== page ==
IBM, AAPL Beat Earnings, MSFT Misses and USO

Fellow investor,
Once again, the buyers have stepped in at obvious support levels and sent stocks higher. We’ve identified support for the Dow Industrials at around 8,000. And while the index traded below 8,000 this week, the fact that buyers continue to step in remains one of the few positives for stock prices. 
Both the housing market and unemployment continue to show more weakness than expected. But stocks are currently priced for the worst. We see only incremental declines when worse-than-expected numbers are reported.
But when a company reports something positive, the stock takes off. 
*****Yesterday, it was IBM (NYSE:IBM). The multi-national technology bell-weather reported better-than-expected Q4 numbers. And IBM also raised its earnings guidance for 2009. 
Clearly, that’s remarkable. I can’t give you much insight into IBM’s revenue mix and how it counts revenues and profits. But quite frankly, in this environment, I don’t care if the improved results come from accounting gimmicks, one-off sales, discounting or cost-cuts. Better numbers are better numbers, something the market is starved for at this point. 
And investors rewarded IBM with a huge 11% rally yesterday.    
*****Apple (Nasdaq:AAPL) is poised to provide the encore to IBM today. The stock is up 7% or so after the company hit the upper end of its revenue range for Q4. Given the weakness in holiday retail sales overall, that’s impressive. 
Apple sold plenty of iPods, iPhones and enough computers around Christmas. Its fall launch of the iPhone was well-timed. And despite one analyst suggesting that iPod sales have hit a plateau, sales continue to be strong. Apple sold 23 million of them. 
It seems to me that the iPod is the most commoditized of Apple’s products. I tend to look at them as Apple’s introductory product that paves the way for higher margin sales of iPhones and computers. And if you’re interested in Apple, it’s the computer sales (especially the notebooks) that have the most upside. Apple’s share of the computer market remains but a sliver. 
*****So what’s this mean for technology stocks? First, it should be noted that both Apple and IBM are exceptional companies. We can expect them to be the exceptions.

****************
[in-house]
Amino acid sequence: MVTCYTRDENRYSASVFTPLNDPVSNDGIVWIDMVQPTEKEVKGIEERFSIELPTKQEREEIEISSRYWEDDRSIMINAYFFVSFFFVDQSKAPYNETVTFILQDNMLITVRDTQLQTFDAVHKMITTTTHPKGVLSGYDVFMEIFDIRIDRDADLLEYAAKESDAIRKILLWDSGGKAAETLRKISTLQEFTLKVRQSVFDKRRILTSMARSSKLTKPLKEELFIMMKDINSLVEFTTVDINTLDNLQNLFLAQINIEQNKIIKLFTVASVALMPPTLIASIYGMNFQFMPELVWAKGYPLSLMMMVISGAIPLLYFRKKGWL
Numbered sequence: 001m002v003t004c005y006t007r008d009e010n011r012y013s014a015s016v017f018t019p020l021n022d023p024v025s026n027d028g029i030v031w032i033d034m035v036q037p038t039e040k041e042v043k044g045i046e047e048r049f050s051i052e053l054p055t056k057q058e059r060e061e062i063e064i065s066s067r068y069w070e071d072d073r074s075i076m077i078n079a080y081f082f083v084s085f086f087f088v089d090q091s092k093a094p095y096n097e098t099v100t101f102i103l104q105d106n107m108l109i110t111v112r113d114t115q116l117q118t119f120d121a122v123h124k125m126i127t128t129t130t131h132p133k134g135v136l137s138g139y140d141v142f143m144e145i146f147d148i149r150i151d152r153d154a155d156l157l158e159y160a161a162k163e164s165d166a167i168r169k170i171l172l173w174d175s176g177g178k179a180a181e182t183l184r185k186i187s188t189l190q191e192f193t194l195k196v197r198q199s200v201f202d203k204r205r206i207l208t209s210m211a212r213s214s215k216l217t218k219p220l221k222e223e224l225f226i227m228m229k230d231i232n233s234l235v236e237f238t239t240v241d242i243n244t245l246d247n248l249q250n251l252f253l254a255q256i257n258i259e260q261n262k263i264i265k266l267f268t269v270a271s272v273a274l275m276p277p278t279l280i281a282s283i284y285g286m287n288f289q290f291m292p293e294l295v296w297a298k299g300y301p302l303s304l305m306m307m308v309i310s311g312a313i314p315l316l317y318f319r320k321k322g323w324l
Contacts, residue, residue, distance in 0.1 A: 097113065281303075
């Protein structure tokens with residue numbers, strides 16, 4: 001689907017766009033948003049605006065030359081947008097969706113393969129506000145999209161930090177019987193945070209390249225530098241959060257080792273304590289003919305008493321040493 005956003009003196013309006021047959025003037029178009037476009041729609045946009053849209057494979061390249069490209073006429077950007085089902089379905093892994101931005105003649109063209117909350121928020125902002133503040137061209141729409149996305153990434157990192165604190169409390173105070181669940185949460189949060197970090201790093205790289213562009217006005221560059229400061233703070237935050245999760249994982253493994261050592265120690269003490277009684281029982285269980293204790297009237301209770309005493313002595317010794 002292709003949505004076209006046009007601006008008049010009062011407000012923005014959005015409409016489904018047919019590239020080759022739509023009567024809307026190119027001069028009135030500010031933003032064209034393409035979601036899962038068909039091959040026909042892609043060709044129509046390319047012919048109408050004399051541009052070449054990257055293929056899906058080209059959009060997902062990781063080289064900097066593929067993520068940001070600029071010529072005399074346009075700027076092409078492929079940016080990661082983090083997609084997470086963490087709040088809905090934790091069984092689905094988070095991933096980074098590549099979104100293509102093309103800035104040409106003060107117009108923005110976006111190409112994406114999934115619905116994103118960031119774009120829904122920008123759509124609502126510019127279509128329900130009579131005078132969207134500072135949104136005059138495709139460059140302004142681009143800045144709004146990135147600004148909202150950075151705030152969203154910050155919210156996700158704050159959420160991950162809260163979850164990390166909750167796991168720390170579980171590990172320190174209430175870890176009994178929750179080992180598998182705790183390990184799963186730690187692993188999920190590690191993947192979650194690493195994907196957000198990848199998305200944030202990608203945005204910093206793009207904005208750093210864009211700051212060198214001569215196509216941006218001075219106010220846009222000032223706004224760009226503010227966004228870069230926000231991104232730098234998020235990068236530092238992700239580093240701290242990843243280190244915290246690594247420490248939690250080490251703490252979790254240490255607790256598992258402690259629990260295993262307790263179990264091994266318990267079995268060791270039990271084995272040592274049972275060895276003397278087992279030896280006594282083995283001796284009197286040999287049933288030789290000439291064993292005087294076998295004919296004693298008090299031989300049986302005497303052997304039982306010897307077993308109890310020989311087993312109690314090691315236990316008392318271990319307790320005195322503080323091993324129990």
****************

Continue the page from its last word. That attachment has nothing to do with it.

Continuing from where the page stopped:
Microsoft (Nasdaq:MSFT) is out with earnings this morning. I don’t consider Microsoft exceptional, and its earnings reflect that. The company missed earnings expectations and is cutting jobs. 
Ultimately, the earnings results coming in suggest that technology stocks can be expected to recover before housing and banking stocks, for instance. It may premature to say they’ll lead the market higher, but they should be among the biggest beneficiaries of rising confidence of investors. 
*****Oil prices jumped 6% yesterday. Oil’s obviously been range-bound due to the competing catalysts of demand destruction and rising inventories on the bearish side and production cuts and the assumption that demand destruction is temporary. 
In other words, most expect oil to rise again, the only question is when. 
Since the US Oil Fund (NYSE:USO) is the only pure play ETF for oil prices, we can use it as a benchmark. USO has been trading just above $30, with the extreme range between $28 and $38. For trading purposes, buys below $30 for USO should lead to short-term gains. 
*****Speaking of commodities, gold has been out of the headlines for a while, but that’s likely to change. The flood of money from the Fed will eventually lead to some much needed inflation, and may even lead to excessive inflation. 
Morgan Stanley analyst Mark Liinamaa said yesterday that gold remains depressed due to a stronger U.S. dollar, weaker economic growth and deflation fears. 
But he also expects gold to rally to $1,000 an ounce in 2010. 
Personally, I think gold could go higher than that. Fed Chief Bernanke is pulling out all the stops to combat deflation. And I just don’t see how the Fed will be able to mop up the excess liquidity quickly when the time comes. In fact, I believe it’s a basic Fed policy to allow excess liquidity to form asset bubbles before policy is tightened. 
This time around, I think gold is highly likely to be bubble-ized. And that’s why some of the first investments I make in my $100,000 Recovery Portfolio will be in gold. 
In fact, I’ll be discussing this very investment theme in tonight’s airing of my $100,000 Recovery Portfolio video conference. It starts at 6 pm tonight. And while turnout looks to be huge, there are still some seats left. 
If you’d like to attend and find out how I’m going to invest $100,000 of my own money, you can sign up HERE. I think you’ll find this an informative and profitable way to spend 30 minutes of your time this evening.

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